Longtime Pfizer vet tapped to replace legendary vaccine researcher Kathrin Jansen
Kathrin Jansen, the legendary vaccine researcher who spearheaded Pfizer’s work on its historic Covid-19 shot, announced last month that she’s hanging up her lab coat. On Wednesday, the pharma giant revealed that it isn’t going far for her replacement.
Pfizer is tapping Annaliesa Anderson, known most recently for her work on the Covid-19 antiviral Paxlovid, to fill Jansen’s role as senior VP and head of vaccine R&D. Anderson most recently served as VP and CSO for bacterial research and hospital within the company’s vaccine R&D unit.
Though the transition won’t be official until August, Anderson said in a statement that she’s ready to “continue delivering breakthroughs for patients.”
The 15-year Pfizer vet first joined the company via Wyeth back in 2007. However, she originally hails from Merck Research Laboratories, where she founded its prokaryotic bio-combinatorial engineering laboratory and launched a bacterial vaccine program.
At Pfizer, her team worked on bacterial vaccine programs designed to prevent diseases due to Streptococcus pneumoniae, Group B Streptococcus, Neisseria meningitidis, Staphylococcus aureus, and Clostridium difficile.
“Annaliesa is a world-class scientist with a track record of delivering both vaccines and therapeutics in pioneering new areas of science and where there is urgent unmet need. I am confident she will work with passion, ingenuity, and dedication to lead Pfizer’s Vaccine R&D organization and continue to advance our strong pipeline,” Pfizer CSO Mikael Dolsten said in a news release.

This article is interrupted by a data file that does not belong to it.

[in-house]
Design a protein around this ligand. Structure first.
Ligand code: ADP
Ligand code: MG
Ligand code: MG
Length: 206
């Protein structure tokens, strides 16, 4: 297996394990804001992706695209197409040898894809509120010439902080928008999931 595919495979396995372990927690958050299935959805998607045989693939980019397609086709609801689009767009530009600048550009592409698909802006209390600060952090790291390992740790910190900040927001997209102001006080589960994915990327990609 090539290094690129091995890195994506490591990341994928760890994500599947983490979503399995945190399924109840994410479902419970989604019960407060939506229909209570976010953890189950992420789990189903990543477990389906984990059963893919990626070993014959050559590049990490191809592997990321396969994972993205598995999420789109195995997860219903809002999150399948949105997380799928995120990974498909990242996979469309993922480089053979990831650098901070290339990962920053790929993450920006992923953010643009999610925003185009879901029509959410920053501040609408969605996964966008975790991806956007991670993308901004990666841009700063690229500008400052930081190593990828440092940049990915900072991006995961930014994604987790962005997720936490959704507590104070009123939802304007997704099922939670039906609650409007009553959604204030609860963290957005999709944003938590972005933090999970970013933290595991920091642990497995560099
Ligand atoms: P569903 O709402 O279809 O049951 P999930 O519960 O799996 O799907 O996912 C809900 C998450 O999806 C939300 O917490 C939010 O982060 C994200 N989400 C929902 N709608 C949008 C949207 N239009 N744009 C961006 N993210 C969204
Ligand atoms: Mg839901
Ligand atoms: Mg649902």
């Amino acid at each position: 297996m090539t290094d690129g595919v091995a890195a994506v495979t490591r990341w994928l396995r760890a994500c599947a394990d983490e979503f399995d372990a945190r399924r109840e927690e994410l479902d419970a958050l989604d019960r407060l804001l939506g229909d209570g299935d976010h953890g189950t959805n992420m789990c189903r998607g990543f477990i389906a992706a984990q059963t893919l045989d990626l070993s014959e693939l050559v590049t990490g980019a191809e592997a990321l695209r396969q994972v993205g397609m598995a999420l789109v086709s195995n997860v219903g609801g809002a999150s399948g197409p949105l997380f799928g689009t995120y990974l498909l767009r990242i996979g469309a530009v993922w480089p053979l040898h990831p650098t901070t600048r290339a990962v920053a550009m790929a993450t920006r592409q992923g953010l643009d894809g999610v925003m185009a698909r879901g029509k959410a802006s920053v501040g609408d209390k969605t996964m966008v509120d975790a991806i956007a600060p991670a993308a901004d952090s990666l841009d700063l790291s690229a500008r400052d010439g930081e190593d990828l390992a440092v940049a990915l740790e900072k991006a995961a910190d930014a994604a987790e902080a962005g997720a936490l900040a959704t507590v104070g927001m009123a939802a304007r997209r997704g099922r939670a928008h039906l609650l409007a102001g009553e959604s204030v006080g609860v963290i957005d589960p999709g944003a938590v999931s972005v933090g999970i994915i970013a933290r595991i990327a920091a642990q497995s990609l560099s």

Anderson has some big shoes to fill. Jansen announced her retirement last month, capping off an illustrious career at 64 years old. The vaccine researcher also landed at Pfizer by way of Wyeth and went on to oversee the well-known Prevnar program, steering the initial Prevnar 13 to approval. Before that, she was at Merck, where Gardasil was approved under her tenure to protect against the human papillomavirus.
It’s likely that Jansen is best known, however, for helping shape Pfizer’s collaboration with BioNTech around its mRNA vaccine Comirnaty, which reaped more than $36 billion in 2021.
She told Endpoints News back in 2020 that her career has been guided by problems that need solving.
“I always say, I’m always looking for the problems,” she said. “The solutions will come — I’m sure about this. I’m worried about the problems, and where do we run into problems.”
“I want to thank Kathrin for her tremendous contribution to our scientific community and the world at large. She leaves Pfizer’s Vaccine R&D group stronger than ever and poised to continue to deliver innovative science,” Dolsten said.